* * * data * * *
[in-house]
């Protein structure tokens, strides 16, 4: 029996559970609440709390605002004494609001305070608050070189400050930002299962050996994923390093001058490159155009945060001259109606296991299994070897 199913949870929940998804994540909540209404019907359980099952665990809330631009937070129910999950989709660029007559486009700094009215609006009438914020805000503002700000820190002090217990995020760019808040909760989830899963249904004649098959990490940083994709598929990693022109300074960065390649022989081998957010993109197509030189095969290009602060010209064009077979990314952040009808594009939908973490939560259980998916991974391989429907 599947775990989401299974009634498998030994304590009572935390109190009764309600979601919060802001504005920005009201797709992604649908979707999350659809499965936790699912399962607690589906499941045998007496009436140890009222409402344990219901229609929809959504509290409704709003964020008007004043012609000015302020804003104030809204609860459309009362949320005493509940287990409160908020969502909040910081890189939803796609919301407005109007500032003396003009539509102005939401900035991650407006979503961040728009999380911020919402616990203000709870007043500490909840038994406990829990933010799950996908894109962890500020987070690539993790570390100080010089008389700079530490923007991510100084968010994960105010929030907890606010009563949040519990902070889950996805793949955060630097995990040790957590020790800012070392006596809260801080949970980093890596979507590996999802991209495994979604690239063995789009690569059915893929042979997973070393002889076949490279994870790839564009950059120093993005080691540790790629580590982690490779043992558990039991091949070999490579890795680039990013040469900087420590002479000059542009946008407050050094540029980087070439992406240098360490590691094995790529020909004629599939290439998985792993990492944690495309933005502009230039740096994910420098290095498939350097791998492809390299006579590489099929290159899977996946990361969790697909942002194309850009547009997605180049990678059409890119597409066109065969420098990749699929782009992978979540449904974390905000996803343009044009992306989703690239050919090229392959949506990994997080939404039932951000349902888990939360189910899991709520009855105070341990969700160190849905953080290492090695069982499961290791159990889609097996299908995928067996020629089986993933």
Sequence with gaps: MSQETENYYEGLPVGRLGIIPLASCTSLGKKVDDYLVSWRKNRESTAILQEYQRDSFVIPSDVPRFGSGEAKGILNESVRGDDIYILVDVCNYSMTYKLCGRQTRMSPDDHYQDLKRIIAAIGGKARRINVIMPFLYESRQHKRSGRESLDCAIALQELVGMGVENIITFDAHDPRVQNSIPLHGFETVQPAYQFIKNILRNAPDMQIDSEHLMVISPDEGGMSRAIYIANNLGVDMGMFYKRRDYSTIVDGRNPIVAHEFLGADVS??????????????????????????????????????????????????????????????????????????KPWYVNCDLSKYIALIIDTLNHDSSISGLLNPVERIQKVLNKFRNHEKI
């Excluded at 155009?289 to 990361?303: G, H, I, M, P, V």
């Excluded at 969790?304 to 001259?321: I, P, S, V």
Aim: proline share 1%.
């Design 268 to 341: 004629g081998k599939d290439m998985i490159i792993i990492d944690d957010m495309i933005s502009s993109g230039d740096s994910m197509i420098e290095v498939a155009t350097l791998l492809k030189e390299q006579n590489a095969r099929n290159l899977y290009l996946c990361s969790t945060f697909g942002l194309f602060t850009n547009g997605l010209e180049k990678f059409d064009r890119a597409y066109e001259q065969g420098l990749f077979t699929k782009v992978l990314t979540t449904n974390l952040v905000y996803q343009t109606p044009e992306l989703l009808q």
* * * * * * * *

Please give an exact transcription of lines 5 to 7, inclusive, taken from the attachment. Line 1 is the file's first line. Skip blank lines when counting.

């Excluded at 969790?304 to 001259?321: I, P, S, V």
Aim: proline share 1%.
């Design 268 to 341: 004629g081998k599939d290439m998985i490159i792993i990492d944690d957010m495309i933005s502009s993109g230039d740096s994910m197509i420098e290095v498939a155009t350097l791998l492809k030189e390299q006579n590489a095969r099929n290159l899977y290009l996946c990361s969790t945060f697909g942002l194309f602060t850009n547009g997605l010209e180049k990678f059409d064009r890119a597409y066109e001259q065969g420098l990749f077979t699929k782009v992978l990314t979540t449904n974390l952040v905000y996803q343009t109606p044009e992306l989703l009808q």